Time Management Tips to Balance Studies with Work

If you’ve decided to go back to school to boost your skills, it can create some time management problems in the meantime. Keep the following tips in mind to stay on track.

1. Track your use of time.

“Where does the time go?” is a common refrain for many of us. Between work, school, friends, and family tasks, it might seem like there simply aren’t enough hours in the day. But do you know where your time really goes? To get started with better managing your time, try keeping a record of what you do throughout the day. This will help you pinpoint your usual distractions or times of day when your energy flags, so that you can create a new, realistic work/study schedule. Keeping a written diary and daily to-do lists can help keep you on task.

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2. Create a separate study space.

If you’ve decided to advance your career by taking an online course, one of the benefits is that you can complete the coursework virtually anywhere. It helps to create a space that’s just for studying, however. If you study in the same area where you run your business, you can all too easily get distracted by work-related issues. You can certainly work and study from the same office, but find a way to make the transition from work to study mode. Whether it’s sitting in a different chair in your usual office or from your laptop in a café, find what works for you.

3. Organize by priority, not deadlines.

If you’re a master procrastinator, deadlines might actually be working against you. It’s natural to organize your work load by deadlines, knocking out tasks that are due first. However, this can have a negative effect on your work/study balance if you’re constantly switching gears and only completing tasks as they’re due. Try organizing your tasks in order of importance, rather than simply deadline. If an upcoming essay comprises a major percentage of your grade, start working on it before you tackle a less important work task.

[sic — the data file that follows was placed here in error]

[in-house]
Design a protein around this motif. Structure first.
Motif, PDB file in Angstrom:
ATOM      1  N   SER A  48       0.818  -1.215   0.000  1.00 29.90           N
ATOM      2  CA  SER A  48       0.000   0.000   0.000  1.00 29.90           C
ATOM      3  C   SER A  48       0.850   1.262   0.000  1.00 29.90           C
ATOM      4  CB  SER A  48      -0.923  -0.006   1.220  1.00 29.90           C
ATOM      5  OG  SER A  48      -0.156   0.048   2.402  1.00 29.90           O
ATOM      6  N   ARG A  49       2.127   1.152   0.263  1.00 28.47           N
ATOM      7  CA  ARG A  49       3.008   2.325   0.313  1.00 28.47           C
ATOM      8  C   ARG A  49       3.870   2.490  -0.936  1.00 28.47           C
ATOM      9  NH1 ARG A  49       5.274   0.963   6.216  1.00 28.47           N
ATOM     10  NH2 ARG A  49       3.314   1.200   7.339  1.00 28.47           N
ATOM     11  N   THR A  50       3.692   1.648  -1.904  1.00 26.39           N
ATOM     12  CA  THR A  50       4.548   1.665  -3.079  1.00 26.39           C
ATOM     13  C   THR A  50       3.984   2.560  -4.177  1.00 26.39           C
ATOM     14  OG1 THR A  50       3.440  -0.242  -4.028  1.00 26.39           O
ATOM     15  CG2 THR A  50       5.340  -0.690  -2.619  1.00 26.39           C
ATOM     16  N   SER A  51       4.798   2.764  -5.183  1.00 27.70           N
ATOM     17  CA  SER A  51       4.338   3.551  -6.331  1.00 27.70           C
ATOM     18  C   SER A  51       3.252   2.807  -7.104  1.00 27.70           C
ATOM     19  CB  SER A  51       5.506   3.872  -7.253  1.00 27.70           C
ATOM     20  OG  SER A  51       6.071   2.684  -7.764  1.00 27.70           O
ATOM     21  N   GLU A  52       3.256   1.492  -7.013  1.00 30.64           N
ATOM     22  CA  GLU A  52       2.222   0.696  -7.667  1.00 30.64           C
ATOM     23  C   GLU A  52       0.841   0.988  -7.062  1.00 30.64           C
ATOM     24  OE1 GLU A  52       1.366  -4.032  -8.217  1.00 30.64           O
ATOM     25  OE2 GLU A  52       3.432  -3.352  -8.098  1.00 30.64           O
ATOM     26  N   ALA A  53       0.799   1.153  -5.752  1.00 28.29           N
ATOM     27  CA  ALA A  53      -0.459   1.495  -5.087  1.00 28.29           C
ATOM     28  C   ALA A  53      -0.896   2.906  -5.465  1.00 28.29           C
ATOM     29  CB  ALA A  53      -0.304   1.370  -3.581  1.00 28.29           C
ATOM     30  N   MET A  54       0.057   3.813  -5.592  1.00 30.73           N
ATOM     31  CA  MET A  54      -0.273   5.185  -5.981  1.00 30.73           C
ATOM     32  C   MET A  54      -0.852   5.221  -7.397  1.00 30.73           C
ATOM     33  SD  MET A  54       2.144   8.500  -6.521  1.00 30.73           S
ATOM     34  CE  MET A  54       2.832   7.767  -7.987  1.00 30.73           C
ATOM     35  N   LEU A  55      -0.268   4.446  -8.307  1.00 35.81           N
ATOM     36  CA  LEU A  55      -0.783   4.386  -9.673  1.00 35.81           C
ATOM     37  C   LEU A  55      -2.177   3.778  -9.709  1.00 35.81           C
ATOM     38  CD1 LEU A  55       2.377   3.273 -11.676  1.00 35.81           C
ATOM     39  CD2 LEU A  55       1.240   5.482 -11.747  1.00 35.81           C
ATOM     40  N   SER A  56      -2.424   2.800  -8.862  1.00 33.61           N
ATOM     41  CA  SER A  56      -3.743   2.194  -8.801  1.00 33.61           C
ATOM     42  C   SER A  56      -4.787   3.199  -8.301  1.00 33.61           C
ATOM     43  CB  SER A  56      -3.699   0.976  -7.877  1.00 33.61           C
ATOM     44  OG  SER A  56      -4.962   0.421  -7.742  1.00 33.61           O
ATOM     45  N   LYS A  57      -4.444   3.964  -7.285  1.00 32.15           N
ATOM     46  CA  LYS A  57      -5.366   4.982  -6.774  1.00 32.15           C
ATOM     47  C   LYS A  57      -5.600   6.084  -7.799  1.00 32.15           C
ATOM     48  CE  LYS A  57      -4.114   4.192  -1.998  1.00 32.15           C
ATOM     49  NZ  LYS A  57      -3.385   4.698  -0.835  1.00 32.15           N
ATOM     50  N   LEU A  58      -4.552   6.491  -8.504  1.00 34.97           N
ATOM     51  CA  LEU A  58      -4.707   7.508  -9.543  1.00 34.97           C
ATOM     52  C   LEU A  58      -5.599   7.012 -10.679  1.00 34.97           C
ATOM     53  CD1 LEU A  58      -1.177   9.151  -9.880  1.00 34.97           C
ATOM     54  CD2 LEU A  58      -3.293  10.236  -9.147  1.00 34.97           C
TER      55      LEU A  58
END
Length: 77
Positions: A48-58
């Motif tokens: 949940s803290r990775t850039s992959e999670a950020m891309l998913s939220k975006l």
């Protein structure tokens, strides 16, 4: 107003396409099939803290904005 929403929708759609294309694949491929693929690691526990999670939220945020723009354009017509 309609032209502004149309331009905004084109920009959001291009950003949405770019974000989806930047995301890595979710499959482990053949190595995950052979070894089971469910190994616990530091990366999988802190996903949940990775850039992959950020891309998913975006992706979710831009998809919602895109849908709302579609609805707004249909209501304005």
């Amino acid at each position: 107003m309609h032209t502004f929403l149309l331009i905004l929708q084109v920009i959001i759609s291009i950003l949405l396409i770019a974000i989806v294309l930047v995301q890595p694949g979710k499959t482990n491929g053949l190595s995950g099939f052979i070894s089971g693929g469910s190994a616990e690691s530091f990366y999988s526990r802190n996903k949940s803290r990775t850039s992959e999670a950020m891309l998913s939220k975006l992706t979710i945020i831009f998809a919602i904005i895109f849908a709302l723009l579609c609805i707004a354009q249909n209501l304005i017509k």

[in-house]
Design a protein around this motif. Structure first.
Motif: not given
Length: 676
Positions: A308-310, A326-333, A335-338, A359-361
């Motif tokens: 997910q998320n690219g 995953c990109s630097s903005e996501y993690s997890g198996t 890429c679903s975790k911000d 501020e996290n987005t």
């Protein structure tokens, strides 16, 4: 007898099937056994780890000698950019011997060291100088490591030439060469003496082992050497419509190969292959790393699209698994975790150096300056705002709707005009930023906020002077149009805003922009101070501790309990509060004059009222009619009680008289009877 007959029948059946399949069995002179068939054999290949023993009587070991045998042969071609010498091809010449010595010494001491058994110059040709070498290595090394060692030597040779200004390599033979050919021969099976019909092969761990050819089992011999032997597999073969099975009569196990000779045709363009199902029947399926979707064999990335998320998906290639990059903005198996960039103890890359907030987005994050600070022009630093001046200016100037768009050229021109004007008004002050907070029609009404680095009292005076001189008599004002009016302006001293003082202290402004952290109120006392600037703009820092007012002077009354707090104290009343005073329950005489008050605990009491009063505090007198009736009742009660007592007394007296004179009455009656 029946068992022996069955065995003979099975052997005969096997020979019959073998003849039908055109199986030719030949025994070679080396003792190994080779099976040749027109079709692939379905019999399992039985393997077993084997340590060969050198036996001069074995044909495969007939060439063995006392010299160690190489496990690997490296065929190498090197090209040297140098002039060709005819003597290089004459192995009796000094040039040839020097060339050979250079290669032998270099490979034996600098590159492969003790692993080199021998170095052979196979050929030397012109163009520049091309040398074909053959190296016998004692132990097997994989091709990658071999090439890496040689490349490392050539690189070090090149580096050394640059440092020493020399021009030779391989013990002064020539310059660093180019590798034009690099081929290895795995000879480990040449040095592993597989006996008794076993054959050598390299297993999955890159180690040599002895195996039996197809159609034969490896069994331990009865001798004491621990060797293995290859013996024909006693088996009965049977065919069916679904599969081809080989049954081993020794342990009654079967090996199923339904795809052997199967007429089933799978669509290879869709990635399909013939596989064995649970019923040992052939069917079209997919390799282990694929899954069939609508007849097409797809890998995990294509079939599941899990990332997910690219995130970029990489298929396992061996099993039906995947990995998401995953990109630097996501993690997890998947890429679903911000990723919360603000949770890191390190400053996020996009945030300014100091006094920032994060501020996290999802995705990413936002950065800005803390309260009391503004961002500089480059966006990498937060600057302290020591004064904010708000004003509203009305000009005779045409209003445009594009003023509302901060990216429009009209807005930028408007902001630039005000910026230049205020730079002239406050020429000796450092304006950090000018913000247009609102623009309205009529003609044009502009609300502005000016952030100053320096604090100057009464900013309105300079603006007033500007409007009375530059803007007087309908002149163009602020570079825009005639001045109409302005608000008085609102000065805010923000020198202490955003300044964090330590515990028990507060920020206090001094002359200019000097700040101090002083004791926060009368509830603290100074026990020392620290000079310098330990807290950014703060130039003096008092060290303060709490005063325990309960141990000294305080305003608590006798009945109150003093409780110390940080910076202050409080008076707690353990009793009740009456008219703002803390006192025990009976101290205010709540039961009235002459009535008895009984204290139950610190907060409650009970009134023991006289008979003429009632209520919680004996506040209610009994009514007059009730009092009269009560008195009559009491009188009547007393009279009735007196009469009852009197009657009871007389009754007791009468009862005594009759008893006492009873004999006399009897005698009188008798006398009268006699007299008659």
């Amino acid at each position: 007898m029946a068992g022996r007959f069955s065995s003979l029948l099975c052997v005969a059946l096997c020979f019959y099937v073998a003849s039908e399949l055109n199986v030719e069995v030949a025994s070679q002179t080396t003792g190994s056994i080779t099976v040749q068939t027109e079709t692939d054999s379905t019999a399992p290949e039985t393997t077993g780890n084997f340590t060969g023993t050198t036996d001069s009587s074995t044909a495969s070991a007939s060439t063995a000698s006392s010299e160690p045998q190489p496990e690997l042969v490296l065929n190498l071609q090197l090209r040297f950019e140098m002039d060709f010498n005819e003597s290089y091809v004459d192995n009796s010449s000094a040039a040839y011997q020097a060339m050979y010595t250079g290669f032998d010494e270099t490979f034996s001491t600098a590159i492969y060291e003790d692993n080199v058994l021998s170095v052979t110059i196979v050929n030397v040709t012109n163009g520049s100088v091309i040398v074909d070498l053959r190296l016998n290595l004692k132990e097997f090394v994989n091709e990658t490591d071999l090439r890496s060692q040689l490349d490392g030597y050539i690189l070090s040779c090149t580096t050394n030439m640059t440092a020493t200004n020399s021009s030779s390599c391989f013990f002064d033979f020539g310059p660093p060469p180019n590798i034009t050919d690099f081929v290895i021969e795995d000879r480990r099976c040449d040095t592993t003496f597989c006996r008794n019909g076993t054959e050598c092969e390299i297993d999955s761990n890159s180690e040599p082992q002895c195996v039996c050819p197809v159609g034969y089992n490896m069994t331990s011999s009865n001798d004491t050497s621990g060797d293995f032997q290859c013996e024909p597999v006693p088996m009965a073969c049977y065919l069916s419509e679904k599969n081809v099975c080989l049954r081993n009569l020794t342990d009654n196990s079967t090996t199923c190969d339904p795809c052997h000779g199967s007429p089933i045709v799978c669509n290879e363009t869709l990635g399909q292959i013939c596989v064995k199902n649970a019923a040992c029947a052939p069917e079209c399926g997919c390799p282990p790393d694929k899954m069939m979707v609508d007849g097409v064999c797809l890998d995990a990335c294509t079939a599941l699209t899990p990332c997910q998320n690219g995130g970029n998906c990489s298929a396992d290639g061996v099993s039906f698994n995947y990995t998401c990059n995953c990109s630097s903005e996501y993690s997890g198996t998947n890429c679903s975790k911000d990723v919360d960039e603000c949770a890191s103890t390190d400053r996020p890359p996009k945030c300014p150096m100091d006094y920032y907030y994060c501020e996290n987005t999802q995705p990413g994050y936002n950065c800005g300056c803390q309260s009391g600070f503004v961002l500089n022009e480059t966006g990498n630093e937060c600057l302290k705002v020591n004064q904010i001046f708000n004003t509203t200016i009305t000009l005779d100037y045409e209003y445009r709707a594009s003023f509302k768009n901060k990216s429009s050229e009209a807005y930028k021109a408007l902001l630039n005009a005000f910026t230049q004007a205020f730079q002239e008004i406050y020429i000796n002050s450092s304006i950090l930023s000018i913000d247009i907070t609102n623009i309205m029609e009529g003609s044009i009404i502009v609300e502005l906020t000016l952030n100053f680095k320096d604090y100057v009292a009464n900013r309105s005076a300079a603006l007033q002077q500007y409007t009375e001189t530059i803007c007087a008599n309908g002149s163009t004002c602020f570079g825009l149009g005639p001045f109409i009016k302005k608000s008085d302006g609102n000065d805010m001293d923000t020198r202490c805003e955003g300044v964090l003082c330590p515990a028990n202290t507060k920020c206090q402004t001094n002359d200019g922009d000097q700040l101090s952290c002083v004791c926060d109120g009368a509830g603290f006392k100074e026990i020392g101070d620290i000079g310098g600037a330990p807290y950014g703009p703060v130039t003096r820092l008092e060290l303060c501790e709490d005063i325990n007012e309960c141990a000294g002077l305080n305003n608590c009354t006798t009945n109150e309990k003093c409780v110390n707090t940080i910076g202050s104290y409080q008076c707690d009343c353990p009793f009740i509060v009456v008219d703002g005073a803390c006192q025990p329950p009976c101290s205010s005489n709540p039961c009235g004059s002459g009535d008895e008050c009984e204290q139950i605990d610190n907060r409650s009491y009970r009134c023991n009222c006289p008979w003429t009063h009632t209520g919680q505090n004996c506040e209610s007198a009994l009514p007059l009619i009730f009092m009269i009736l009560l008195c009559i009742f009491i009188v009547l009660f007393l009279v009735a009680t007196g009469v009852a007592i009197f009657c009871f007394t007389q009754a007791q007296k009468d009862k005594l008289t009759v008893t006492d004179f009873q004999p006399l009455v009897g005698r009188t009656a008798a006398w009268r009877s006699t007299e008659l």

4. Schedule a time-out. 

Balancing a job or home business and additional coursework can be stressful. Don’t forget to give yourself room to breathe as you create a schedule. Whether it’s time to hit the gym or to have a lunch break with a friend, these time-outs can recharge your batteries and leave you with a clear head for your studies. 

5. Try to work regular hours.

This may not be possible for everyone, but if you can work regular shifts it will better allow you to take control of your studies. Knowing when work is scheduled in advance can help you pencil in time for study groups, lectures, and other academic commitments.

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6. Just say no.

Do you agree to take on work you don’t really have time for? Give yourself a break! Learning something new takes time and commitment already, so if you need to miss a less important meeting or skip out on carpool duty once in a while, your colleagues will understand. Don’t spend precious time solving other people’s problems, if it means sacrificing your own goals. Exercise your right to say no every now and then if it’s compromising your time management.

Finally, don’t panic if you’re finding it hard to juggle everything on your plate. Talk to your professors and employers when you have problems with deadlines, or consider taking a short online course rather than a full degree program. Above all, always keep your long-term goals in mind to stay motivated! 

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